Our program helps prepare you to write in other courses, in other academic fields, and in the professional, public, and personal contexts you will enter after college. It exists because effective communication-whether you want to head a corporation or start a revolution-is an essential skill. Much of the writing you will do in Composition courses is commonly known as academic discourse, but you also will explore multiple genres inside and outside of the university environment. You will conduct library research, use digital technologies, and work collaboratively with your classmates. You will address a variety of writing occasions, paying particular attention to aspects of the rhetorical situation (including audience, context, purpose, and medium). Although no single class or course sequence can fully prepare you for every communicative situation you will encounter, Composition courses will help you gain important skills to use when navigating all of them.
Most students at UNCW will take two Composition courses: ENG 101 (College Writing and Reading I) and ENG 201 (College Writing and Reading II) or ENG 200 (College Writing and Reading II Global Emphasis). The first course in this sequence focuses on the elements of the composing process and exposes students to a variety of forms, including narrative, rhetorical analysis, expository, and persuasive writing. The second course builds on the first, immersing students in researched and argumentative writing and developing students' information literacy skills.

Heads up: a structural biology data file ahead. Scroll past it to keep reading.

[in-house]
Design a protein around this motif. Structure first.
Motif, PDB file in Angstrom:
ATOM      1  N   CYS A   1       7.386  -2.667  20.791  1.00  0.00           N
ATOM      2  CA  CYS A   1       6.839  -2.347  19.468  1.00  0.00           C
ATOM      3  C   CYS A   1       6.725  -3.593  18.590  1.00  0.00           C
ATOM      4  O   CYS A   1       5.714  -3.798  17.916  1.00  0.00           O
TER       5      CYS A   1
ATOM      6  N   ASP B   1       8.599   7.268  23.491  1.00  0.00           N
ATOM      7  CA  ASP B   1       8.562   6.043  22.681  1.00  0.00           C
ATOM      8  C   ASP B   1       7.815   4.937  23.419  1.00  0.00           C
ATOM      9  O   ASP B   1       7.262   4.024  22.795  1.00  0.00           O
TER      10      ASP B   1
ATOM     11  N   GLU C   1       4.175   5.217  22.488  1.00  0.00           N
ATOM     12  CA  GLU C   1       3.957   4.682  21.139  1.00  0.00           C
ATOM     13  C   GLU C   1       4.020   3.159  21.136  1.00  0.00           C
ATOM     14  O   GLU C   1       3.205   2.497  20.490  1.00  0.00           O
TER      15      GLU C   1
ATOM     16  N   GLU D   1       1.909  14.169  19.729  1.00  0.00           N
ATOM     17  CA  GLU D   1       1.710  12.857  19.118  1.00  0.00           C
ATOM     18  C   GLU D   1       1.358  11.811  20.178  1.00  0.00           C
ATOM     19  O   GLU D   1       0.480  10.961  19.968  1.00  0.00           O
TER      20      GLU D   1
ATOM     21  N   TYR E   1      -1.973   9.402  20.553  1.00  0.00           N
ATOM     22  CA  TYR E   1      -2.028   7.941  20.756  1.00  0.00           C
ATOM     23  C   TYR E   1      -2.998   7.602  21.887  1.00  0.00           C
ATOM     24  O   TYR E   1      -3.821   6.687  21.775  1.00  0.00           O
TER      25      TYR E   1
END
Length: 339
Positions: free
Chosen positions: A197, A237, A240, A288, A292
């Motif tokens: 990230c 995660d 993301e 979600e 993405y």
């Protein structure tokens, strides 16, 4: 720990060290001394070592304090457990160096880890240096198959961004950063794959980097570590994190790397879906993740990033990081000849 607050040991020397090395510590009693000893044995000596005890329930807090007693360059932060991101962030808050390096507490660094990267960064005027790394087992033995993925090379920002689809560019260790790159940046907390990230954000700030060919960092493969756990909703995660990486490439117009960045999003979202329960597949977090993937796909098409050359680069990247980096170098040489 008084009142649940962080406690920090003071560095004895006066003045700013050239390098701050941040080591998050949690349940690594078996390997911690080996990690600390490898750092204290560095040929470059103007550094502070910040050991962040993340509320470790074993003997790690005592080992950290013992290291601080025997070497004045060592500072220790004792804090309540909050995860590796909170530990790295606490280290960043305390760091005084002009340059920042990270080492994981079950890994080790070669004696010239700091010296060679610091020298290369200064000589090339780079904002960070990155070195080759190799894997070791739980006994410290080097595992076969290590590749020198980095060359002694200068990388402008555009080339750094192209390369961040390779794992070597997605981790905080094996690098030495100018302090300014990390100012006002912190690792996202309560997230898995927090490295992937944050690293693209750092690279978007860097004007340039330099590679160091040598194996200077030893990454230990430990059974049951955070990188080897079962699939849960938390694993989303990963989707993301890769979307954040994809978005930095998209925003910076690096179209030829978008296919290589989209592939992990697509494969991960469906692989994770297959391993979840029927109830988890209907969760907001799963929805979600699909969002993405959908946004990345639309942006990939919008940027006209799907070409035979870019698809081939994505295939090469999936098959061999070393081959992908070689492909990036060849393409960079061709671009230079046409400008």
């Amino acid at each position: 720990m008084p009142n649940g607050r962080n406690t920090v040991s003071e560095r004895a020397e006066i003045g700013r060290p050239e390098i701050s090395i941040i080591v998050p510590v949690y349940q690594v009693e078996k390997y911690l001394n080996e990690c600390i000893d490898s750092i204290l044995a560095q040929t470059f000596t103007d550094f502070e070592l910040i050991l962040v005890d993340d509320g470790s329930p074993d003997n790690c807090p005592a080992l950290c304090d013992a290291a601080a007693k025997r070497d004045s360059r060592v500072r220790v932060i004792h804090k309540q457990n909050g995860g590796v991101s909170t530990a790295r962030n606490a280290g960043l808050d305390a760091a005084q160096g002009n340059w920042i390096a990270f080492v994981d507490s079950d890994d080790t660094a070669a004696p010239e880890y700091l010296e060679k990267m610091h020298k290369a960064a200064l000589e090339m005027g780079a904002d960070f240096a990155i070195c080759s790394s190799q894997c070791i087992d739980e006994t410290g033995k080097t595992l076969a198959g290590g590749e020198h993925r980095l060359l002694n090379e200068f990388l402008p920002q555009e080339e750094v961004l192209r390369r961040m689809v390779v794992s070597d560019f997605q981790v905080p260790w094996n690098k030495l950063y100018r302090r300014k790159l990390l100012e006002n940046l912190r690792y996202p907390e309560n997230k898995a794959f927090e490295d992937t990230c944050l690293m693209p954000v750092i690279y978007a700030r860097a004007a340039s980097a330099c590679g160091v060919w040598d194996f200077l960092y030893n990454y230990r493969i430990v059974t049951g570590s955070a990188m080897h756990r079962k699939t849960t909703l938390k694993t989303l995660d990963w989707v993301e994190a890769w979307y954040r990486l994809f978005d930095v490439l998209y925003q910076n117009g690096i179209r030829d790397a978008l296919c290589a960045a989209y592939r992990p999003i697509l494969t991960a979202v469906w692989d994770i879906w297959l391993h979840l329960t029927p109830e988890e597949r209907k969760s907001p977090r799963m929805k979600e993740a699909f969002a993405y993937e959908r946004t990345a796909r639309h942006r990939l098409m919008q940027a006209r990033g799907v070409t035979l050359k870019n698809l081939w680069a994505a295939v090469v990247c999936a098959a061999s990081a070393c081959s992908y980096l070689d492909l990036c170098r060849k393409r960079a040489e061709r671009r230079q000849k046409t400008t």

Each fall, students who struggle with writing may elect to enroll in a special supported section of ENG 101. The class is generally smaller than other sections and includes extra support for writing from tutors and interns. If you are interested in this section of ENG 101, please speak with your adviser or contact the composition coordinator directly.
Additionally, some students with extraordinary scores on a placement exam will take only one Composition course, ENG 103 (College Writing and Reading [Advanced]).
Some helpful student resources are linked below. If you have any questions about the composition program, please contact the Writing Coordinator, Sarah Hallenbeck (firstname.lastname@example.org).
- William Madison Randall Library
- Writing Center
- Writing resources from the Purdue Online Writing Lab (OWL)
- MLA formatting and style guide
The Composition Program is proud to include some of the best educators in our award-winning department. As articulated by UNCW's University Studies curriculum, our mission is to cultivate students' abilities to read critically and write effectively. Composition courses should encourage individuated, recursive writing processes that include researching, planning, drafting, revising, and participating in peer review. These aims should be reflected in course syllabi, materials, assignments, and classroom practice.
- Standard textbook list
- List of required syllabus elements
- Course guidelines and Student Learning Outcomes (SLOs)
- Example syllabi
- Campus resources
- Student issues